Economy

State water board holds meetings in Pocatello; discusses solutions for water shortage

POCATELLO, Idaho (KIFI/KIDK) - For the first time, the state water resource board held its meetings in Pocatello. Several big topics were on the agenda for discussion.

One of the agenda items brought before the board was cloud seeding. Cloud seeding is a program started by Idaho Power in 2003. It's goal is to get more water out of storms. The process releases ice particles into the air during storms to try and pull out extra water.

That water could then be available for storage. The water resource board recently started funding cloud seeding. On Thursday, the board discussed further funding opportunities to help the program expand. Idaho Power said cloud seeding is extremely beneficial for helping with water shortage.

"Cloud seeding is really about the only way that we can bring new water, recruit new water into the watersheds," said Shaun Parkinson, Idaho Power's water resource leader. "All the other activities that are on the table that people are discussing to deal with the water shortages, really are just trading uses. Cloud seeding puts a little more water into the watersheds, gives us a little more time and flexibility to work through how we use and manage the remaining water."

Parkinson said cloud seeding usually brings in about 5% to 15% water from snow packs.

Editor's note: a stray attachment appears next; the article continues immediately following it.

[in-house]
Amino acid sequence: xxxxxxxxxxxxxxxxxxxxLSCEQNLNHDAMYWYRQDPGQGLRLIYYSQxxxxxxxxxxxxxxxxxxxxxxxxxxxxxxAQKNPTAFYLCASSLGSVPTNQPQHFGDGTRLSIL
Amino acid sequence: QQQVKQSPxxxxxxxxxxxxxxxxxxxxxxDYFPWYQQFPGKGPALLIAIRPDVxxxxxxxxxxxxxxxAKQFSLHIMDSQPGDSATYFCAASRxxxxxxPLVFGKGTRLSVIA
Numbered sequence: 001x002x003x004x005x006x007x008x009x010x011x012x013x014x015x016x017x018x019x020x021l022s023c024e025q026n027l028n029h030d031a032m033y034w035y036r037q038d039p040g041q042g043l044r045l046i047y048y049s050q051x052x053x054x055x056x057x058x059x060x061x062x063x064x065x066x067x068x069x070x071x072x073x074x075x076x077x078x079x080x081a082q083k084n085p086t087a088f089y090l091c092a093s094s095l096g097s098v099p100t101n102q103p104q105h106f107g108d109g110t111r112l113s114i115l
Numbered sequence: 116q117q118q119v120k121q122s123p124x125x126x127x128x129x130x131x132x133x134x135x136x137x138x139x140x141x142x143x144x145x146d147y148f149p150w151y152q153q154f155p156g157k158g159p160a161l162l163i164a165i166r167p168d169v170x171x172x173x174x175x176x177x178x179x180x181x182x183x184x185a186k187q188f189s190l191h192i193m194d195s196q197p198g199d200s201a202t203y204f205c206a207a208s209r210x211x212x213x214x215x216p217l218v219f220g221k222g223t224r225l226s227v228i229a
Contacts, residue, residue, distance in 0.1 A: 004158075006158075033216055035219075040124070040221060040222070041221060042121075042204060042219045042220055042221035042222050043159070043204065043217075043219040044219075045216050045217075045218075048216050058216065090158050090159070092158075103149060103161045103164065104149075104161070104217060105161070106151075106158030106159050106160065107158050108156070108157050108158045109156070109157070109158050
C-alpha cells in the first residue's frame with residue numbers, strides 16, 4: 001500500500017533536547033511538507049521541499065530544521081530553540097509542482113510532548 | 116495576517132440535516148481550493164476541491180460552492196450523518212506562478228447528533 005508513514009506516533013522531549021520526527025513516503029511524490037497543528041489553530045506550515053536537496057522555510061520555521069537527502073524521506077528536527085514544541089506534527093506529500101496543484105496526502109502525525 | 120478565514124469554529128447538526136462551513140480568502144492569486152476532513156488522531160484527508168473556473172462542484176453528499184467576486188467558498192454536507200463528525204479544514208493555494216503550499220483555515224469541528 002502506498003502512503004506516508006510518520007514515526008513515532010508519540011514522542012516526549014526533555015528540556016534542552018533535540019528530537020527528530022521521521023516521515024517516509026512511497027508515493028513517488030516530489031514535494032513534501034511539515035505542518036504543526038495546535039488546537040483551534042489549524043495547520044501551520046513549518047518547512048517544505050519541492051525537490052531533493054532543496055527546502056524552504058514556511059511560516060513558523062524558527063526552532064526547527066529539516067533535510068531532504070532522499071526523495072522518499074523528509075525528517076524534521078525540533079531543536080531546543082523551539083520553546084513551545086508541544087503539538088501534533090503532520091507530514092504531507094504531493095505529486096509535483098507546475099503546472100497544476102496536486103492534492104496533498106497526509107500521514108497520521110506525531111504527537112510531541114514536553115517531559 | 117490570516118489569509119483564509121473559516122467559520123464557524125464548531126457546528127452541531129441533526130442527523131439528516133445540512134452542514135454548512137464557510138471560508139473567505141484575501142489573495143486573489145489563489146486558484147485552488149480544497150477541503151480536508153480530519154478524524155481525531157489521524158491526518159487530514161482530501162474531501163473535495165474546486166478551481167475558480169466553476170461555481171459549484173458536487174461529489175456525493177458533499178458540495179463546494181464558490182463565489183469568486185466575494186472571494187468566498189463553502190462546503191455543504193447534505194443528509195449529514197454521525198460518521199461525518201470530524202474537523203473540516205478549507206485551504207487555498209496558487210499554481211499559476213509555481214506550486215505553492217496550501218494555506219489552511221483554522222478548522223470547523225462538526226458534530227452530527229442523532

Another big issue discussed at Thursday's meeting was water storage in the upper snake river valley.

The board is working to find recharge sites for the aquifers to help refill water storage. There are about six or seven possible sites. In its meeting, the board discussed funding to do studies on those sites to see if any are usable.

Chairman of the water resource board, Roger Chase, said currently ground pumpers have agreed to cut back their water usage by 13%. Combined with possible aquifer recharge, he said it would really help water shortage.

"We understand that under the snake river plain we've pumped more water than we have," Chase said. "And so we're trying to find a way to a stabilize that. We're not going to have water so we can expand to more farms, but we want to make sure we have enough water to maintain what we have today."

Funding for studies on the sites could cost several thousand dollars. Chase said it would be about $25,000 per site. The board will vote on whether or not to approve funding Friday morning.

Meetings continue Friday starting at 8 a.m. at the Clarion Inn. The public can attend the meetings.


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